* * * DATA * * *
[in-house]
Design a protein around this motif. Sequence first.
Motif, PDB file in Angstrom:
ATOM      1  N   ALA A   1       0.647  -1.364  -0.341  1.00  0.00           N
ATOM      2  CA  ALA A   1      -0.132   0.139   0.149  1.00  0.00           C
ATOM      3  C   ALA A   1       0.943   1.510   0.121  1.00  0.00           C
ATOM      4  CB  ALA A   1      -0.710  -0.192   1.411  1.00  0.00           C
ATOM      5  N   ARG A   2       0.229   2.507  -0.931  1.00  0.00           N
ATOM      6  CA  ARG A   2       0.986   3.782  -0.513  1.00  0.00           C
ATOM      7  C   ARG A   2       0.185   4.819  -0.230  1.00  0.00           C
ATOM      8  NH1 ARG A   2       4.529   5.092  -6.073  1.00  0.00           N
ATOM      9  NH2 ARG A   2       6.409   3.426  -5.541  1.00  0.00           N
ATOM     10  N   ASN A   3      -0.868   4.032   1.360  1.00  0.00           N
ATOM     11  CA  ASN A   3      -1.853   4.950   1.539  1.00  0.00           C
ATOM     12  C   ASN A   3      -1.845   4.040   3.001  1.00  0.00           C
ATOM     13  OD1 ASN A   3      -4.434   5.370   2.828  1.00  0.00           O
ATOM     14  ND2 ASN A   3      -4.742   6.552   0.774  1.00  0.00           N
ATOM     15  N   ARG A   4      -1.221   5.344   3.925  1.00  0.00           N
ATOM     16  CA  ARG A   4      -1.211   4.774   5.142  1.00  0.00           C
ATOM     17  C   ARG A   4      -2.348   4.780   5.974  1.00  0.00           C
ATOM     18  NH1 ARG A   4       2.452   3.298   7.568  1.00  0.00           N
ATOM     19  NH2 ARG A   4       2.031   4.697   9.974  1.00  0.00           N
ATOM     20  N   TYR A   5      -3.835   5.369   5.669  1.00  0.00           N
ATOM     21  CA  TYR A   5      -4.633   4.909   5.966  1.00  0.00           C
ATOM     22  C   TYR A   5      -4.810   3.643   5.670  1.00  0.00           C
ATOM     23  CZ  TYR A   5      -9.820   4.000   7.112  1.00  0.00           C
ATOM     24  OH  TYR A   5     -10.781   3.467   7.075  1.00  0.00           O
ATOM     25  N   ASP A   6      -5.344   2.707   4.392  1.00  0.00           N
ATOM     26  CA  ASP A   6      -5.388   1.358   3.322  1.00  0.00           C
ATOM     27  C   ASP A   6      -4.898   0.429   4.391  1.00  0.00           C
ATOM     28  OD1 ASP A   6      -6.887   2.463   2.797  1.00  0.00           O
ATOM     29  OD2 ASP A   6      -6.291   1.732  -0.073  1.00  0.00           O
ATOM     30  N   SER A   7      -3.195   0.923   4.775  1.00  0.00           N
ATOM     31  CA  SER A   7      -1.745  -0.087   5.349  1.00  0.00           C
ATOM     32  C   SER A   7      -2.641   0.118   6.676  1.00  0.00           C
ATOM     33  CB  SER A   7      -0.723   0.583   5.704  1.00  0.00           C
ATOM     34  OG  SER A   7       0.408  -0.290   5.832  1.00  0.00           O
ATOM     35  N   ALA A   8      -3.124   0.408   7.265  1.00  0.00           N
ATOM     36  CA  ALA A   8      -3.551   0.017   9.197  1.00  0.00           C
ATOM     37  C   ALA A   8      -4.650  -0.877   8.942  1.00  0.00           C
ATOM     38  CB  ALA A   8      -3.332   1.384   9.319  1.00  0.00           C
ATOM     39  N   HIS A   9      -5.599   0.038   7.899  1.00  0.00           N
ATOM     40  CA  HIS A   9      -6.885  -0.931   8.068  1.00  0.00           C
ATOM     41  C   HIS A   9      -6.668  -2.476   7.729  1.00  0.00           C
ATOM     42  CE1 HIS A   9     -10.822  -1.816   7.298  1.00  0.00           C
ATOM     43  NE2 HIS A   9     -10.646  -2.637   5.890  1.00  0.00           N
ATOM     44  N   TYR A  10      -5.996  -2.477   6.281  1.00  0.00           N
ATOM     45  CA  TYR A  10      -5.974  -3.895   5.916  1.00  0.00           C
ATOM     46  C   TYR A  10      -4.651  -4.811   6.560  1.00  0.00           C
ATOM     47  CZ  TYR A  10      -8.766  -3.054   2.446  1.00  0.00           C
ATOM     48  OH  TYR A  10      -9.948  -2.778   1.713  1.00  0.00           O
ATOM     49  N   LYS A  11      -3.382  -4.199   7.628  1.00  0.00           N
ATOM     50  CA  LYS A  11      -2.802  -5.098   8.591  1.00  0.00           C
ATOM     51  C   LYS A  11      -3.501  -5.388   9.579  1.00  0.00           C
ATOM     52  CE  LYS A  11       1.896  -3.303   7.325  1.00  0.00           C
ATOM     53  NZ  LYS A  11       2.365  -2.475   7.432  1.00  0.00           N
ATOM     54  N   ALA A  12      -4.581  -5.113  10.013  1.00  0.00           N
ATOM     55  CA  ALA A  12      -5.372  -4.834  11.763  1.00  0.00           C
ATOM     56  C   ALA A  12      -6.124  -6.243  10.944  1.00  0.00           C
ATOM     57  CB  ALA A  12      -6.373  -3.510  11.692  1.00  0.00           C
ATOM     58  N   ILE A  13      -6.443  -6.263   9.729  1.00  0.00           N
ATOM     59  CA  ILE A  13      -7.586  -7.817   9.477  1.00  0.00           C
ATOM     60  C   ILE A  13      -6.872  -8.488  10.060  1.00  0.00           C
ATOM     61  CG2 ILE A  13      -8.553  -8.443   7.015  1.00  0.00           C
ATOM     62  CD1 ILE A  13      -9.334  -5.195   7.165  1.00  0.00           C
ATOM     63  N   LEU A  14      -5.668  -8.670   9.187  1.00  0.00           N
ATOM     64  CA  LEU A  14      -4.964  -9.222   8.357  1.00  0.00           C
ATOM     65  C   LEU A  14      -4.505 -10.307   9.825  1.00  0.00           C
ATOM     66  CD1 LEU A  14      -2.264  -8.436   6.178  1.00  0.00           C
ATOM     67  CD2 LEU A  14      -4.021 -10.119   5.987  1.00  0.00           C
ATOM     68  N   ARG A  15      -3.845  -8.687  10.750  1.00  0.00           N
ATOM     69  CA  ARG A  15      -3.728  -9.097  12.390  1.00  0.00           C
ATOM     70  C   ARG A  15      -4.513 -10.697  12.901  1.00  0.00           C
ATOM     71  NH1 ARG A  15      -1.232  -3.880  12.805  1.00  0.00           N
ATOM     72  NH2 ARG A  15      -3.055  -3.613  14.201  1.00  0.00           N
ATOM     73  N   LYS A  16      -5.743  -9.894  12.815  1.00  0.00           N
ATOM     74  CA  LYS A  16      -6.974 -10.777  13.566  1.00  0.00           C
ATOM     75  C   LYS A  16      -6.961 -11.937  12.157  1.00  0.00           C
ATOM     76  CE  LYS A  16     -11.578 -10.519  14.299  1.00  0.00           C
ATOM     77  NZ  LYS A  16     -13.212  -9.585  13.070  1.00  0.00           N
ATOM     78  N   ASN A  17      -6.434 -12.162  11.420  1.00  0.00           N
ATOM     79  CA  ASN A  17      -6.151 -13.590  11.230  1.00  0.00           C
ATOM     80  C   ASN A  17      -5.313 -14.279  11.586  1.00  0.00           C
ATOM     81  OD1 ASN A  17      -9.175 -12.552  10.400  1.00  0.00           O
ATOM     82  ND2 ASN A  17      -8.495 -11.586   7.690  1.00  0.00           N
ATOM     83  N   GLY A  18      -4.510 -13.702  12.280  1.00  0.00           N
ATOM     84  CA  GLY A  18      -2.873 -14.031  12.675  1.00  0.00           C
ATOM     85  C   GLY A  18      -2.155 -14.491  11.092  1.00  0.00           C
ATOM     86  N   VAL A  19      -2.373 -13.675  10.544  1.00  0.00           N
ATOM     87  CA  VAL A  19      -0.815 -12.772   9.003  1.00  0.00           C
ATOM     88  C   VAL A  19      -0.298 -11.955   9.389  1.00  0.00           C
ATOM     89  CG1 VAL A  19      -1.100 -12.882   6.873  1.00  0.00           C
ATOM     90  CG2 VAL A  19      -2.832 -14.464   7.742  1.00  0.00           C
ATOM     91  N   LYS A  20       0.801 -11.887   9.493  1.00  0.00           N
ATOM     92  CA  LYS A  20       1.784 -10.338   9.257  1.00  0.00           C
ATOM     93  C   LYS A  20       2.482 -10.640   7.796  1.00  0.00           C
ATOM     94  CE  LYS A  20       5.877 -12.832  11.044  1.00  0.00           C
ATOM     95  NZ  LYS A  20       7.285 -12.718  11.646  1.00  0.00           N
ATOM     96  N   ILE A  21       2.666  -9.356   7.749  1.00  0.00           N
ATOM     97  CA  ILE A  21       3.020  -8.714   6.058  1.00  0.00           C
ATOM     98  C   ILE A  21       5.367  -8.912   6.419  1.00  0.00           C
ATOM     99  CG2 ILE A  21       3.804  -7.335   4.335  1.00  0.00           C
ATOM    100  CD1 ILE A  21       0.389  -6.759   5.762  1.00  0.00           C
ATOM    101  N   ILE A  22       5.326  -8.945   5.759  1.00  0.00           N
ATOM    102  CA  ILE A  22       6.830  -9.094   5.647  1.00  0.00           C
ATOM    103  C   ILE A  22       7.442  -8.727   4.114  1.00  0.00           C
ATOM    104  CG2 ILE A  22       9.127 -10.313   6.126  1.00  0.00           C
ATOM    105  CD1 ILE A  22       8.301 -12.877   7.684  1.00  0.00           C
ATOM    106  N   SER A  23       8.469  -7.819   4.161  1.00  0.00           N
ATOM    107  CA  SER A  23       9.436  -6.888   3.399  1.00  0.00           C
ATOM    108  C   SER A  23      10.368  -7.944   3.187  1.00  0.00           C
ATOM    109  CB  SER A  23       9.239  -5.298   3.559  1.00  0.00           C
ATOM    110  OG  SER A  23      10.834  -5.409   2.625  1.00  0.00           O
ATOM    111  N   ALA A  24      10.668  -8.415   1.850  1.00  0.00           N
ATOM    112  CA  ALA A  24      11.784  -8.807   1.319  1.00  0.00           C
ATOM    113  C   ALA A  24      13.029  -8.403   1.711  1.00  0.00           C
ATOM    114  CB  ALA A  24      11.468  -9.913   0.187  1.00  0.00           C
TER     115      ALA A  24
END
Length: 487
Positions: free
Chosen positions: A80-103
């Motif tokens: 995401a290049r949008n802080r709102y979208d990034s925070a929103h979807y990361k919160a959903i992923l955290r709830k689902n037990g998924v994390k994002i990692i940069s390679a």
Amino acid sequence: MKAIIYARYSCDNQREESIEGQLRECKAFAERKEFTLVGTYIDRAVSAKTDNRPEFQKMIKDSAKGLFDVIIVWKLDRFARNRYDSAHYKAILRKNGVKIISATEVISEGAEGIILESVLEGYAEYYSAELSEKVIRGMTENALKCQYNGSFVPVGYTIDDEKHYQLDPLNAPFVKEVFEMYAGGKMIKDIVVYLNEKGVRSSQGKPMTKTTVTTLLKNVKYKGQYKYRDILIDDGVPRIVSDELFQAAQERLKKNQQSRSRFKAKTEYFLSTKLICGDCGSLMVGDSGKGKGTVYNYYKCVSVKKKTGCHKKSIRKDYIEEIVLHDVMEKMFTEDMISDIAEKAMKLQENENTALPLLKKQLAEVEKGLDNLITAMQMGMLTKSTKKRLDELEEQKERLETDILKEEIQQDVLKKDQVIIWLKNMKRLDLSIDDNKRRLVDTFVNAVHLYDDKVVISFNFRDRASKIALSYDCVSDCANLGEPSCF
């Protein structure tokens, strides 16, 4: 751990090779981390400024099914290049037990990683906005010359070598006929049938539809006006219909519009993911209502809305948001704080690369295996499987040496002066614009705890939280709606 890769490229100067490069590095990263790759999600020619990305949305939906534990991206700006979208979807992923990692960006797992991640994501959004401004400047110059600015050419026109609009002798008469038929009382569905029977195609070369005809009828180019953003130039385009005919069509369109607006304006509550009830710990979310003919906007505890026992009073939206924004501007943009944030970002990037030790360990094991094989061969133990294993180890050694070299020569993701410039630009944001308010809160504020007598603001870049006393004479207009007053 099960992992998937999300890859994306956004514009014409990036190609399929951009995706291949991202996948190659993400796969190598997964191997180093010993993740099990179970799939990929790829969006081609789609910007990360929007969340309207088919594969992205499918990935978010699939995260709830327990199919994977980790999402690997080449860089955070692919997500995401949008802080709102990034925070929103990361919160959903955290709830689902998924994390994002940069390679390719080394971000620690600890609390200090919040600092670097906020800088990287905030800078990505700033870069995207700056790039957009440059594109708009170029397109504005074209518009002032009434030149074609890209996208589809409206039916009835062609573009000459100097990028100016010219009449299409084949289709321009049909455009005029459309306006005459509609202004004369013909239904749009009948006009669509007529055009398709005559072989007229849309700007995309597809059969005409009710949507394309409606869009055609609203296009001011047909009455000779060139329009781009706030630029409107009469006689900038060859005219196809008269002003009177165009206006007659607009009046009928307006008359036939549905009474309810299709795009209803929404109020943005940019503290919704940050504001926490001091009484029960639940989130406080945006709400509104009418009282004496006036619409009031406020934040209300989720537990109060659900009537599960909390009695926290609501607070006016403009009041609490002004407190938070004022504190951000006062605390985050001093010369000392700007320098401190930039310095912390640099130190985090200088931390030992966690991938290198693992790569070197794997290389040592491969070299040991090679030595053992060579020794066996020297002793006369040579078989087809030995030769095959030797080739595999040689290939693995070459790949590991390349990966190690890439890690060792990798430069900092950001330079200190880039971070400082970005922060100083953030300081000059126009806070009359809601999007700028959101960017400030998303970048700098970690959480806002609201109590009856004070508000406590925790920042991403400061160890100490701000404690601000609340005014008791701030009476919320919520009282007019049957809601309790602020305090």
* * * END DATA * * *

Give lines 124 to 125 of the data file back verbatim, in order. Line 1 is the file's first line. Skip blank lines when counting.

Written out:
Amino acid sequence: MKAIIYARYSCDNQREESIEGQLRECKAFAERKEFTLVGTYIDRAVSAKTDNRPEFQKMIKDSAKGLFDVIIVWKLDRFARNRYDSAHYKAILRKNGVKIISATEVISEGAEGIILESVLEGYAEYYSAELSEKVIRGMTENALKCQYNGSFVPVGYTIDDEKHYQLDPLNAPFVKEVFEMYAGGKMIKDIVVYLNEKGVRSSQGKPMTKTTVTTLLKNVKYKGQYKYRDILIDDGVPRIVSDELFQAAQERLKKNQQSRSRFKAKTEYFLSTKLICGDCGSLMVGDSGKGKGTVYNYYKCVSVKKKTGCHKKSIRKDYIEEIVLHDVMEKMFTEDMISDIAEKAMKLQENENTALPLLKKQLAEVEKGLDNLITAMQMGMLTKSTKKRLDELEEQKERLETDILKEEIQQDVLKKDQVIIWLKNMKRLDLSIDDNKRRLVDTFVNAVHLYDDKVVISFNFRDRASKIALSYDCVSDCANLGEPSCF
């Protein structure tokens, strides 16, 4: 751990090779981390400024099914290049037990990683906005010359070598006929049938539809006006219909519009993911209502809305948001704080690369295996499987040496002066614009705890939280709606 890769490229100067490069590095990263790759999600020619990305949305939906534990991206700006979208979807992923990692960006797992991640994501959004401004400047110059600015050419026109609009002798008469038929009382569905029977195609070369005809009828180019953003130039385009005919069509369109607006304006509550009830710990979310003919906007505890026992009073939206924004501007943009944030970002990037030790360990094991094989061969133990294993180890050694070299020569993701410039630009944001308010809160504020007598603001870049006393004479207009007053 099960992992998937999300890859994306956004514009014409990036190609399929951009995706291949991202996948190659993400796969190598997964191997180093010993993740099990179970799939990929790829969006081609789609910007990360929007969340309207088919594969992205499918990935978010699939995260709830327990199919994977980790999402690997080449860089955070692919997500995401949008802080709102990034925070929103990361919160959903955290709830689902998924994390994002940069390679390719080394971000620690600890609390200090919040600092670097906020800088990287905030800078990505700033870069995207700056790039957009440059594109708009170029397109504005074209518009002032009434030149074609890209996208589809409206039916009835062609573009000459100097990028100016010219009449299409084949289709321009049909455009005029459309306006005459509609202004004369013909239904749009009948006009669509007529055009398709005559072989007229849309700007995309597809059969005409009710949507394309409606869009055609609203296009001011047909009455000779060139329009781009706030630029409107009469006689900038060859005219196809008269002003009177165009206006007659607009009046009928307006008359036939549905009474309810299709795009209803929404109020943005940019503290919704940050504001926490001091009484029960639940989130406080945006709400509104009418009282004496006036619409009031406020934040209300989720537990109060659900009537599960909390009695926290609501607070006016403009009041609490002004407190938070004022504190951000006062605390985050001093010369000392700007320098401190930039310095912390640099130190985090200088931390030992966690991938290198693992790569070197794997290389040592491969070299040991090679030595053992060579020794066996020297002793006369040579078989087809030995030769095959030797080739595999040689290939693995070459790949590991390349990966190690890439890690060792990798430069900092950001330079200190880039971070400082970005922060100083953030300081000059126009806070009359809601999007700028959101960017400030998303970048700098970690959480806002609201109590009856004070508000406590925790920042991403400061160890100490701000404690601000609340005014008791701030009476919320919520009282007019049957809601309790602020305090």